I grew up in the First Friends Meeting, Indianapolis. I thought I was going to be a scientist, but a distinct calling to ministry (much to my surprise) in 1968 let me know otherwise. My first thought for theological education was ESR, but I ended up going to Union Seminary in New York. I got to know unprogrammed Friends better in those years and have moved among pastoral and unprogrammed Friends ever since. Meeting Lewis Benson in 1976 contributed to my study of George Fox and early Friends. Quaker research and writing led me to several stints of living and working at Pendle Hill near Philadelphia, sometimes teaching there. Along the way, I have also been a state park naturalist, a staff writer for the American Friends Service Committee in New York, a teacher at the Woodbrooke Quaker study center in England, and a Friends pastor in Noblesville, Indiana, Berkeley, California (twice), Richmond, Indiana, and Durham Maine. I retired at the end of 2017 and returned to Richmond to help support my mother in her last months of life. My wife, Caroline Jones, is a dharma teacher at the Insight Meditation Society in Barre, Massachusetts.
I was born in Jeffersonville (Indiana), literally on the banks of the Ohio. My mother was killed in an automobile accident when I was nearly eleven, and I went to live with my father in Port-au-Prince, Haiti, where he worked for what became USAID. From Haiti we moved to Managua, Nicaragua and then to the suburbs of Lima, Peru. I returned to Washington DC to begin college at George Washington University, but wasn’t ready, and didn’t last long. I went to work at what was the National Academy of Sciences, and then married Pradeep (in Srinagar, Kashmir) in 1971.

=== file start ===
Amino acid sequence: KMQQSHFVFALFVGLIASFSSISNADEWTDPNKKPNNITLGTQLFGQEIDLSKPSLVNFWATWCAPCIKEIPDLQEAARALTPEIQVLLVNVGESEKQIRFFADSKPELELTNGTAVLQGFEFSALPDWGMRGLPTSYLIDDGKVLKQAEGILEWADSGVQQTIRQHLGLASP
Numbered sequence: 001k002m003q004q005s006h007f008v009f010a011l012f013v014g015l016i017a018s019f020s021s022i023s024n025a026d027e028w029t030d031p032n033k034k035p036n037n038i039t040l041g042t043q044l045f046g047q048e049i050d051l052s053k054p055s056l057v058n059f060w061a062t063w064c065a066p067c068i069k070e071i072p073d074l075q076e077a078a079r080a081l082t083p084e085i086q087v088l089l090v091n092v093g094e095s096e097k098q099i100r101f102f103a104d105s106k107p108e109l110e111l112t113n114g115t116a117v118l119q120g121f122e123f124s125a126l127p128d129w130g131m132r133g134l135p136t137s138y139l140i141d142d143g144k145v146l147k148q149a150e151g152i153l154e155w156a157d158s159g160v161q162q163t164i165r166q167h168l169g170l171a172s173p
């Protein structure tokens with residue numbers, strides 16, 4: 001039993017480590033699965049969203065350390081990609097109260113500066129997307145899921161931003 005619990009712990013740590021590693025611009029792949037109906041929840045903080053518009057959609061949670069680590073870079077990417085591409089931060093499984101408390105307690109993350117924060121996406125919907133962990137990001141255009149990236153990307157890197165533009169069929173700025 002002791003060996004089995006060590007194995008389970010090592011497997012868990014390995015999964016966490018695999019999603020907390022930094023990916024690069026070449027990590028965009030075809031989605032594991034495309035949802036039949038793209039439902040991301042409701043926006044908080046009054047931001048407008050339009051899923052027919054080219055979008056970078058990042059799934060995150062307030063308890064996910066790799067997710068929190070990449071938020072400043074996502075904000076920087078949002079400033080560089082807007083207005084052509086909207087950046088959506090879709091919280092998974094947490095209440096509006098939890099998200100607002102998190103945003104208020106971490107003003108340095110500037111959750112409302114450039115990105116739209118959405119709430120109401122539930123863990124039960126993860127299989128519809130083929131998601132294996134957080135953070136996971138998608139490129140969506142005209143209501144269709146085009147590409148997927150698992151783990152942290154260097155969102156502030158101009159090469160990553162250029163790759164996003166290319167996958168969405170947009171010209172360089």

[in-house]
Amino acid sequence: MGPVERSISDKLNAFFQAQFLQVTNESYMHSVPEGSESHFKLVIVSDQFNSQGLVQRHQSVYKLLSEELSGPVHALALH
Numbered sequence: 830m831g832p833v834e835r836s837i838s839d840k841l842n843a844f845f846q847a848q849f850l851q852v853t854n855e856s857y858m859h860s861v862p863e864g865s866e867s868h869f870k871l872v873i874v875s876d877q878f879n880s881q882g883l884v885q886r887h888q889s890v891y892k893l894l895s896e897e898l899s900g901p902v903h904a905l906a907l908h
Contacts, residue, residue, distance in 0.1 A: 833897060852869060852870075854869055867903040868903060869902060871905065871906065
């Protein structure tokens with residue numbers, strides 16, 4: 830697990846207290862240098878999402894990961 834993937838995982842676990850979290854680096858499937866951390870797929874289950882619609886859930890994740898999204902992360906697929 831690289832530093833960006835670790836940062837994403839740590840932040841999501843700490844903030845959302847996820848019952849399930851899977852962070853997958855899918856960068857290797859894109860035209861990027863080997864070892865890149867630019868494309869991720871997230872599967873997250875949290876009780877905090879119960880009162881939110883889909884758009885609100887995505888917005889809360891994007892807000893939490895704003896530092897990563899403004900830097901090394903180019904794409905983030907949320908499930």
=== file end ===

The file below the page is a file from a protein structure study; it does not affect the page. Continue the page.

I was very involved in our son’s Quaker elementary school, establishing the Parents’ Organization and then serving on the school’s Board of Trustees. In all, I served on three different Quaker school boards, and eventually began attending Bethesda Friends Meeting. I guess ESR’s Board of Advisors makes it four. To this day, I remain hooked on business meetings!
Along the way I went back to school part-time, earning my BA. With no intention of coming “back home again” to Indiana, I came to ESR to take a class in Multi-cultural Pastoral Care taught by Bill Ratliff in 2001 and soon found myself as a pioneer Access student.
Even before graduating in 2007, I began providing pastoral care to the independent residents at Friends House Retirement Community in Sandy Spring, Maryland. It took me a while to hear what God was calling me to do, but I finally did.